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$\ln2\approx.693$, according to my calculator. It can be written as the infinite sum $$1-\frac12+\frac13-\frac14+\frac15-\frac16+\frac17-\frac18+\frac19-\frac1{10}\dots$$

Rearranging this infinite sum by odds and evens gives:

$$\left(1+\frac13+\frac15+\frac17+\frac19\dots\right)-\left(\frac12+\frac14+\frac16+\frac18+\frac1{10}\dots\right)$$

This is the same as:

$$\left(1+\frac13+\frac15+\frac17+\frac19\dots\right)+\left(\frac12+\frac14+\frac16+\frac18+\frac1{10}\dots\right)-2\left(\frac12+\frac14+\frac16+\frac18+\frac1{10}\dots\right)$$

Combining the first two parentheses:

$$\left(1+\frac12+\frac13+\frac14+\frac15+\frac16+\frac17+\frac18+\frac19+\frac1{10}\dots\right) -2\left(\frac12+\frac14+\frac16+\frac18+\frac1{10}\dots\right)$$

Distributing the 2:

$$\left(1+\frac12+\frac13+\frac14+\frac15+\frac16+\frac17+\frac18+\frac19+\frac1{10}\dots\right)-\left(1+\frac12+\frac13+\frac14+\frac15+\frac16+\frac17+\frac18+\frac19+\frac1{10}\dots\right)=0$$

But we started out with the expansion of $\ln2\approx.693$. So how did we go from that to $0$? Where did I make my mistake?

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    $\begingroup$ You can't always rearrange conditionally convergent series like that $\endgroup$ – Joe Aug 2 '18 at 21:53
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    $\begingroup$ The original infinite sum is conditionally convergent. You can rearrange it to get any real value you choose or to diverge to $\pm \infty$. $\endgroup$ – Mark Bennet Aug 2 '18 at 21:53
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    $\begingroup$ See Riemann Rearrangement Theorem $\endgroup$ – Sri-Amirthan Theivendran Aug 2 '18 at 22:06
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    $\begingroup$ You can rearrange a conditionally but not absolutely convergent sequence to get any number you want... $\endgroup$ – copper.hat Aug 2 '18 at 22:39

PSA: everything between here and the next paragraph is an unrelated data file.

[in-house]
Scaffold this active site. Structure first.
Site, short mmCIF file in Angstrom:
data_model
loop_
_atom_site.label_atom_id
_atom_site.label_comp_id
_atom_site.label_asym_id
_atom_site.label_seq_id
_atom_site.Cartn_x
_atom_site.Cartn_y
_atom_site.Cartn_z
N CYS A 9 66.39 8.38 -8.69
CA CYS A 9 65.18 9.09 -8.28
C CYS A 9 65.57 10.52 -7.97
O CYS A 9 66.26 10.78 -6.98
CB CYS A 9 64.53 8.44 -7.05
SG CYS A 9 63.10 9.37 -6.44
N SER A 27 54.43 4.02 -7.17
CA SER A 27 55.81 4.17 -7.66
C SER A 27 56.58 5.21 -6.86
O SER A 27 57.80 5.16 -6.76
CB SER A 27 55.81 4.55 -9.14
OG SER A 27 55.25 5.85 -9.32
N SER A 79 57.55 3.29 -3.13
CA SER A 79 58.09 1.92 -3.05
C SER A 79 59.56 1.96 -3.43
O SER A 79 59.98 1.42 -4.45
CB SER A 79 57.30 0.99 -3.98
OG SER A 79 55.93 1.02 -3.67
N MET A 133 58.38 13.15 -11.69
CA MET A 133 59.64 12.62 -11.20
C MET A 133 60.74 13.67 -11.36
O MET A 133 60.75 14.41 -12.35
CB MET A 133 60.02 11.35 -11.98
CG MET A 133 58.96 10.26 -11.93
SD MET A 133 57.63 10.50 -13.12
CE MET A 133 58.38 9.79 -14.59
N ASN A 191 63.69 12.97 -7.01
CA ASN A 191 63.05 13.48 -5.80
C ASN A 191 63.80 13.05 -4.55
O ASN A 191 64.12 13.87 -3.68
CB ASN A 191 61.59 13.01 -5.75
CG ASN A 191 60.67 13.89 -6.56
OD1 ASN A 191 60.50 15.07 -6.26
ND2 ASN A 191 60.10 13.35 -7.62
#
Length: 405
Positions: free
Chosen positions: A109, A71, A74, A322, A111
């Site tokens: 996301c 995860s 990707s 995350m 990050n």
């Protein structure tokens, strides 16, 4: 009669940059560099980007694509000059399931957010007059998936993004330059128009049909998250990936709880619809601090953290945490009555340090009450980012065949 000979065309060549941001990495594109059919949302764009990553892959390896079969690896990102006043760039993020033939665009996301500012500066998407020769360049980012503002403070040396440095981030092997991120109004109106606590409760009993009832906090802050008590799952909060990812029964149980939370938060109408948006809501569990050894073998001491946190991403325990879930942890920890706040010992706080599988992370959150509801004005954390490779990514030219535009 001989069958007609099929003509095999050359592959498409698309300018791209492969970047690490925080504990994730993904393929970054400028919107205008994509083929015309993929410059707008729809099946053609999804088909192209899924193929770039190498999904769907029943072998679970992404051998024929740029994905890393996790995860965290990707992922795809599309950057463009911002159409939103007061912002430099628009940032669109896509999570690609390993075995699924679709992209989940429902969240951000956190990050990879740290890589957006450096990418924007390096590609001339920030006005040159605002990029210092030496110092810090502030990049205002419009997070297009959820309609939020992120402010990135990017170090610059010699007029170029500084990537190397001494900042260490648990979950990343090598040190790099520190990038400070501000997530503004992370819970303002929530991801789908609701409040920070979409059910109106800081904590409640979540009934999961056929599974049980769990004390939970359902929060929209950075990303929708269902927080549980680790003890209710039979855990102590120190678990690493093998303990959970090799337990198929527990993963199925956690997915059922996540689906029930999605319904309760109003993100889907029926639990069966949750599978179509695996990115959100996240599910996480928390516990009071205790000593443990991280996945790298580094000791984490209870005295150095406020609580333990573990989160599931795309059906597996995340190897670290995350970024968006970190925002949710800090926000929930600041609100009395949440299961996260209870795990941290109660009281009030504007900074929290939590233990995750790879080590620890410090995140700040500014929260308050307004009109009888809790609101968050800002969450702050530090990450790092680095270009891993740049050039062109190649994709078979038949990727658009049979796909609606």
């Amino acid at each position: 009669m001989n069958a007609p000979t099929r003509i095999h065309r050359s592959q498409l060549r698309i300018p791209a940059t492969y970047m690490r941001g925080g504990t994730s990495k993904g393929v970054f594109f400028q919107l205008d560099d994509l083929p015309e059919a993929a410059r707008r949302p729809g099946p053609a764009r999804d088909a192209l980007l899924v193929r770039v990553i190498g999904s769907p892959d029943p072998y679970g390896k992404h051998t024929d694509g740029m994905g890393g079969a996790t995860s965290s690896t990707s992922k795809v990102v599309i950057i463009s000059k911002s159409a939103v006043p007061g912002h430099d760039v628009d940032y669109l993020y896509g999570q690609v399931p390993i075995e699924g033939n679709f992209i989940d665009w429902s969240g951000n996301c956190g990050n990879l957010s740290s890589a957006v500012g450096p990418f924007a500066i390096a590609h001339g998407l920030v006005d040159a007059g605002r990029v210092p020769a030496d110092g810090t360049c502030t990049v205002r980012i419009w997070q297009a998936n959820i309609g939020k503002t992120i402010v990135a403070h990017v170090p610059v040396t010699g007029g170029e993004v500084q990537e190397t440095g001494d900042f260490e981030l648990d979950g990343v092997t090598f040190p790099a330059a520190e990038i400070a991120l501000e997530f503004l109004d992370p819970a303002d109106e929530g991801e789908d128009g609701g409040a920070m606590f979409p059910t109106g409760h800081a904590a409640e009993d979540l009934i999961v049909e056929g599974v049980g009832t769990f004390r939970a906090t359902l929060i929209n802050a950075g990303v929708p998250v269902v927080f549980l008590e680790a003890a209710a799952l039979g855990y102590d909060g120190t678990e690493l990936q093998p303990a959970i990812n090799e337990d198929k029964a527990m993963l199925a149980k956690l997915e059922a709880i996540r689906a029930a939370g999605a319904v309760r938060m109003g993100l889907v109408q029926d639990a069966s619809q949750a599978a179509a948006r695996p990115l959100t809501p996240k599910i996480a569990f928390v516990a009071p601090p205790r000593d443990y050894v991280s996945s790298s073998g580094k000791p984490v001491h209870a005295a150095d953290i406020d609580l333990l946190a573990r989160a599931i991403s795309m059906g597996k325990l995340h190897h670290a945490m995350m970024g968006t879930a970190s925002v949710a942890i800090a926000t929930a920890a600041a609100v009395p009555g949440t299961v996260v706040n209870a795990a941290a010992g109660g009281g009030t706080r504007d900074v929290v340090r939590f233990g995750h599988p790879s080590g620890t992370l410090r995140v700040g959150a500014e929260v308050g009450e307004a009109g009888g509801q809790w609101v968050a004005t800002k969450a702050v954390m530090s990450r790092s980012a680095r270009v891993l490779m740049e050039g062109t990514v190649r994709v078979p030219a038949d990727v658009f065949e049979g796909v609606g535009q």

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    $\begingroup$ @MichaelHardy All my calculator told me is that if I type in $\ln2$ it equals about .693. The convergent series is just a well-known series that converges to this same figure. $\endgroup$ – DonielF Aug 2 '18 at 22:44
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$$ 1-\frac12+\frac13-\frac14+\frac15-\frac16+\frac17-\frac18+\frac19-\frac1{10} + \cdots $$ Note that \begin{align} 1 + \frac 1 3 + \frac 1 5 + \frac 1 7 + \frac 1 9 + \frac 1 {11} \cdots & =+\infty \\[10pt] \text{and } -\frac 1 2 - \frac 1 4 - \frac 1 6 - \frac 1 8 - \frac 1 {10} - \cdots & = -\infty \end{align} When the positive and negative parts of a convergent series both diverge to infinity, and only then, the value of the sum can be altered by rearranging the terms, i.e. adding in a different order.

That can be seen as follows: Suppose, for example, that I want to make the series converge to $3.$ Since the positive terms add up to $+\infty,$ at some point in adding them you'll get a number bigger than $3.$ Then add the first negative term. Since it's bigger than the last positive term you added, you'll a number less than $3.$ Then keep adding positive terms until it's more than $3.$ Then add the next negative term. And so on.

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    $\begingroup$ What if all terms are $\pm 4$? Can one rearrange to get 3? I think one needs some more conditions on the positive/negative terms... $\endgroup$ – coffeemath Aug 2 '18 at 23:22
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    $\begingroup$ @coffeemath: The condition you need is that the terms converge to zero. $\endgroup$ – user14972 Aug 3 '18 at 2:25
  • $\begingroup$ This is Rieeman rearrangement theorem. Since the sum converges only conditionally, for any $\alpha \in \mathbb{R}$, we can rearrange our sum to obtain $\alpha$. $\endgroup$ – user518441 Aug 3 '18 at 2:54

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